The Supreme Court this past week agreed to hear two trademark cases next term. In Lucky Brand Dungarees, Inc. v. Marcel Fashions Group, Inc., the Court will decide “whether, when a plaintiff asserts new claims, federal preclusion principles can bar a defendant from raising defenses that were not actually litigated and resolved in any prior case between the parties.” In Romag Fasteners, Inc. v. Fossil, Inc. et. al., the question is “Whether, under section 35 of the Lanham Act, 15 U.S.C. § 1117(a), willful infringement is a prerequisite for an award of an infringer’s profits.” In Romag, the courts of appeals are divided six to six on the subject.
Section 43(a) of the Lanham Act prohibits trademark infringement (i.e., false representations regarding the origin, endorsement, or association of goods through the use of another’s distinctive mark). Section 35 of the Act provides that where there is a willful violation, “subject to the principles of equity” a plaintiff is entitled to recover the infringer’s profits. The Third, Fourth, Fifth, Sixth, Seventh and Eleventh Circuits make an infringer’s profits available under section 35 without requiring a threshold showing of willfulness; the infringer’s intent is merely one factor among many in fashioning the equitable remedy. The remaining six circuits reach the opposite conclusion. In the Second, Eighth, Ninth, Tenth and District of Columbia Circuits, plaintiffs have no chance to persuade a judge to award them profits under section 35(a) unless they first clear the hurdle of showing willful infringement. The First Circuit imposes the same requirement but only where the parties are not direct competitors.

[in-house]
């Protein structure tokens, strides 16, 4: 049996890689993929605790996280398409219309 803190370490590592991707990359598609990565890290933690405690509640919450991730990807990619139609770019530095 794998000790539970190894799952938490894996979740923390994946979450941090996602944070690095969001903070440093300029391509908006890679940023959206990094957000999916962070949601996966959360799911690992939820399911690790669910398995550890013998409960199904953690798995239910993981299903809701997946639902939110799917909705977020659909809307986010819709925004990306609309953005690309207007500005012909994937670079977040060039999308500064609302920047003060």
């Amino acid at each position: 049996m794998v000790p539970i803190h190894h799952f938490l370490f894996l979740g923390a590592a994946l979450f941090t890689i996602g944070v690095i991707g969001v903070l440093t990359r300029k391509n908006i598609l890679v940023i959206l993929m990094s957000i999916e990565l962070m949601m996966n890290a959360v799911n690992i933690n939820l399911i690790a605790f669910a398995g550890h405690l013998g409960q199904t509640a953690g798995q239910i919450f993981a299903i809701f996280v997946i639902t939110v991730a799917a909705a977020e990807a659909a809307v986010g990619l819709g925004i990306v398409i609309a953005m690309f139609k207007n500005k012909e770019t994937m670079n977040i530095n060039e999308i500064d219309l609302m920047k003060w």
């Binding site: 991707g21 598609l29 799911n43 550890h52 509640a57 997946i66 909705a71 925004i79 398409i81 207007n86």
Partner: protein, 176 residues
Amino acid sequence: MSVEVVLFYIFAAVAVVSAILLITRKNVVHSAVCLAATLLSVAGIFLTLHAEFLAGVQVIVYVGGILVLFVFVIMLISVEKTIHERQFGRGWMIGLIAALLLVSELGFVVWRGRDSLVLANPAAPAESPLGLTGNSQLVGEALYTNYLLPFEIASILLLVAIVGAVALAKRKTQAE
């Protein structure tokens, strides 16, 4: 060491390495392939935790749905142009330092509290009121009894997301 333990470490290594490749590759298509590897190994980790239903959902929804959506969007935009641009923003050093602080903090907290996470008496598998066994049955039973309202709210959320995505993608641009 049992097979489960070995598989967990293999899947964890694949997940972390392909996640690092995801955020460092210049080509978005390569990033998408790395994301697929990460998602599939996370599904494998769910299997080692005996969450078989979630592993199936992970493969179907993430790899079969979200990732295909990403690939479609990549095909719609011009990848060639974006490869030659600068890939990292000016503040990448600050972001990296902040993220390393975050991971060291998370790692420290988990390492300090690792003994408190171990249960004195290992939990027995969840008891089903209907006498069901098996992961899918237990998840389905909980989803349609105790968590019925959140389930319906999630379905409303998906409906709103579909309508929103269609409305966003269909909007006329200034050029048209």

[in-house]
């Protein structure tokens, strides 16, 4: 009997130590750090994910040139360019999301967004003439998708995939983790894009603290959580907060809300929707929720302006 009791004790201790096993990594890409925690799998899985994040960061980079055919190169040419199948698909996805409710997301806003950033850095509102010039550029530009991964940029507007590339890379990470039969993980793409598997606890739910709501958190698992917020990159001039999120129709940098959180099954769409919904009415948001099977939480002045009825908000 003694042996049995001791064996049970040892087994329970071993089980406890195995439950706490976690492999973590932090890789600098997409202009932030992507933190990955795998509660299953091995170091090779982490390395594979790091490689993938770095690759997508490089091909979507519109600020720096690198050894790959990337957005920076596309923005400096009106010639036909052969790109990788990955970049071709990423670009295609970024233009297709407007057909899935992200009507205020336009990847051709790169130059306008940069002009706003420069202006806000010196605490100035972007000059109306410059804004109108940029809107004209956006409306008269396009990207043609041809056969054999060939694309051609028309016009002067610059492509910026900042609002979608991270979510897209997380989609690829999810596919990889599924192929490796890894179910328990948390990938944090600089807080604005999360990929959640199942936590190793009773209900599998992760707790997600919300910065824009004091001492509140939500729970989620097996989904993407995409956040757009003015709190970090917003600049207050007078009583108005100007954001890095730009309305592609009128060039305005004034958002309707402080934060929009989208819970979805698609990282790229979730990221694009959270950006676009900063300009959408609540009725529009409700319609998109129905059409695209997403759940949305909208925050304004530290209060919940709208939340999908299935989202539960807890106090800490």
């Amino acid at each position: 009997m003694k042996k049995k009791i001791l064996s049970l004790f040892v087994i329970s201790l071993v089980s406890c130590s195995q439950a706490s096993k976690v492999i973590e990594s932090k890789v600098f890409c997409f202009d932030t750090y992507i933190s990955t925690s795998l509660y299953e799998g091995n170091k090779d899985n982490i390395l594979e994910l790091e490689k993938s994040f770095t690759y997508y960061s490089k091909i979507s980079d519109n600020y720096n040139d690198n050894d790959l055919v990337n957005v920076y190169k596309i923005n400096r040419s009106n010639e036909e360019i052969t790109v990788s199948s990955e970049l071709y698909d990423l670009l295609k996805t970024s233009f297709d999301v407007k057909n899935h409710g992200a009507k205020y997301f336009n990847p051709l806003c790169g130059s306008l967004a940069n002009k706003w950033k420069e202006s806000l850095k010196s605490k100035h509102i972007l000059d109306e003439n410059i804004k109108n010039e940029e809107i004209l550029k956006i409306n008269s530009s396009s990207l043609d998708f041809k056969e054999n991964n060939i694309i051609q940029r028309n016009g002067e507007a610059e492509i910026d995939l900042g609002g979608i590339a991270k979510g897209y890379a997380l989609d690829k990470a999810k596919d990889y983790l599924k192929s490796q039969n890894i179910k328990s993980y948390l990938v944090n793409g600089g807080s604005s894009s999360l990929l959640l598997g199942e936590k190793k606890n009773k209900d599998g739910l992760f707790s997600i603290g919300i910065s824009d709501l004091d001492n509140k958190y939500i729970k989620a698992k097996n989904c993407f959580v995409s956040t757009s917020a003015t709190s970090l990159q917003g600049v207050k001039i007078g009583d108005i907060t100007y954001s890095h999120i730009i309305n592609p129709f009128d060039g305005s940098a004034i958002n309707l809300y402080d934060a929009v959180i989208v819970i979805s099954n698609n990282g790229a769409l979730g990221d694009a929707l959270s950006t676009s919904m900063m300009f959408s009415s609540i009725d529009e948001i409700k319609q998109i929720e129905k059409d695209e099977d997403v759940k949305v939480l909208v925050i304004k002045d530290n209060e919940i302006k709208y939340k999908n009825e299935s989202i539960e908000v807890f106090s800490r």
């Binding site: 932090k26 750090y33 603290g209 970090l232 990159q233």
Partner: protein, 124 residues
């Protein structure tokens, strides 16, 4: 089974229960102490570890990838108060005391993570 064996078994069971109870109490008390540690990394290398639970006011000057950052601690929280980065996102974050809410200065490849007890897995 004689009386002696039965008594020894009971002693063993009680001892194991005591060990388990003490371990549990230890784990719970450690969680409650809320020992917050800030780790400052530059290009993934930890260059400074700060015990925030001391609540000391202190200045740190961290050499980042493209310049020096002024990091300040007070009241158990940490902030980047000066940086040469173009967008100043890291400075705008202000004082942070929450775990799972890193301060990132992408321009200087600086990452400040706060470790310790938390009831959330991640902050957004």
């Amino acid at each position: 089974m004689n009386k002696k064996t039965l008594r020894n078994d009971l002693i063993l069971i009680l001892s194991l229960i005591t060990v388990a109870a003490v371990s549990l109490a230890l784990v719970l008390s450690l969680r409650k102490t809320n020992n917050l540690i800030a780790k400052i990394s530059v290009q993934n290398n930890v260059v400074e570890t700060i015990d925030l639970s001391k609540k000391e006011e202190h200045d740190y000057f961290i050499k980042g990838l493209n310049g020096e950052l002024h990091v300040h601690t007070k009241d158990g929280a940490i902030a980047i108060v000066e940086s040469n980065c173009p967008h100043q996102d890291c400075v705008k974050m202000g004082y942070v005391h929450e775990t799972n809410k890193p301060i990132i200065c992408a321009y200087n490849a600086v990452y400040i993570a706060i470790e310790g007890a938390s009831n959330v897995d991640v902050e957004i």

The effect of these conflicting standards has serious practical and policy implications. Because a plaintiff’s actual damages are often difficult to measure, an award of an infringer’s profits is often the only meaningful monetary relief that trademark owners can secure for infringement. The Romag case illustrates the point. Fossil, Inc. and Fossil Stores I, Inc. infringed Romag Fasteners, Inc.’s trademark rights. But because the jury determined that Fossil’s infringement was not willful, Romag was barred from receiving any of Fossil’s profits.
Romag sells its proprietary patented magnetic snap fasteners under its registered trademark, ROMAG®. The fasteners are used as closures in wallets, handbags and other leather goods. Fossil designs, markets and distributes handbags and small leather goods. Fossil does not manufacture its own products. Instead, Fossil contracts with factories outside the United States to produce its designs. Superior Leather Limited, a Chinese company, manufactured the Fossil products at issue in this case.
In 2002, Fossil and Romag entered into an agreement to use Romag fasteners in Fossil’s products. As part of that agreement, Fossil agreed to instruct its manufacturers, including Superior Leather, to purchase Romag fasteners from the sole authorized manufacturer of Romag fasteners in mainland China. Between 2002 and 2008, Superior Leather purchased tens of thousands of Romag fasteners. But afterwards, Superior Leather’s purchases of Romag fasteners declined precipitously.